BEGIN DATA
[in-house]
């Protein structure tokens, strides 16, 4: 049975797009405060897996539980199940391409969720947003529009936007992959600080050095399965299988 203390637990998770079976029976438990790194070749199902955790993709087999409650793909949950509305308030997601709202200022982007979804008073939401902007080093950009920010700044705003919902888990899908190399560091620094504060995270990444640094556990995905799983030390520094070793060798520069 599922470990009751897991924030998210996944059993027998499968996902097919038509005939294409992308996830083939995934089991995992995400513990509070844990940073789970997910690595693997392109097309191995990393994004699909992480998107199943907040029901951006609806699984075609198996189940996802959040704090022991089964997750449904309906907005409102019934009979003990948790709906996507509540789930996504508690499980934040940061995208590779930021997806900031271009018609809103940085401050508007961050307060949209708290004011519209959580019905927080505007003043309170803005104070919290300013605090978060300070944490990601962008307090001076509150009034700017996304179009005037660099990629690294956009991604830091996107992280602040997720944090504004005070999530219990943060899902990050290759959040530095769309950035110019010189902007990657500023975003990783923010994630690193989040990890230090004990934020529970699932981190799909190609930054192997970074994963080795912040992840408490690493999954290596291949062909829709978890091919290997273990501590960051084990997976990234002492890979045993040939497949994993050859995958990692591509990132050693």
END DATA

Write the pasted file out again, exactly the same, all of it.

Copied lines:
[in-house]
């Protein structure tokens, strides 16, 4: 049975797009405060897996539980199940391409969720947003529009936007992959600080050095399965299988 203390637990998770079976029976438990790194070749199902955790993709087999409650793909949950509305308030997601709202200022982007979804008073939401902007080093950009920010700044705003919902888990899908190399560091620094504060995270990444640094556990995905799983030390520094070793060798520069 599922470990009751897991924030998210996944059993027998499968996902097919038509005939294409992308996830083939995934089991995992995400513990509070844990940073789970997910690595693997392109097309191995990393994004699909992480998107199943907040029901951006609806699984075609198996189940996802959040704090022991089964997750449904309906907005409102019934009979003990948790709906996507509540789930996504508690499980934040940061995208590779930021997806900031271009018609809103940085401050508007961050307060949209708290004011519209959580019905927080505007003043309170803005104070919290300013605090978060300070944490990601962008307090001076509150009034700017996304179009005037660099990629690294956009991604830091996107992280602040997720944090504004005070999530219990943060899902990050290759959040530095769309950035110019010189902007990657500023975003990783923010994630690193989040990890230090004990934020529970699932981190799909190609930054192997970074994963080795912040992840408490690493999954290596291949062909829709978890091919290997273990501590960051084990997976990234002492890979045993040939497949994993050859995958990692591509990132050693």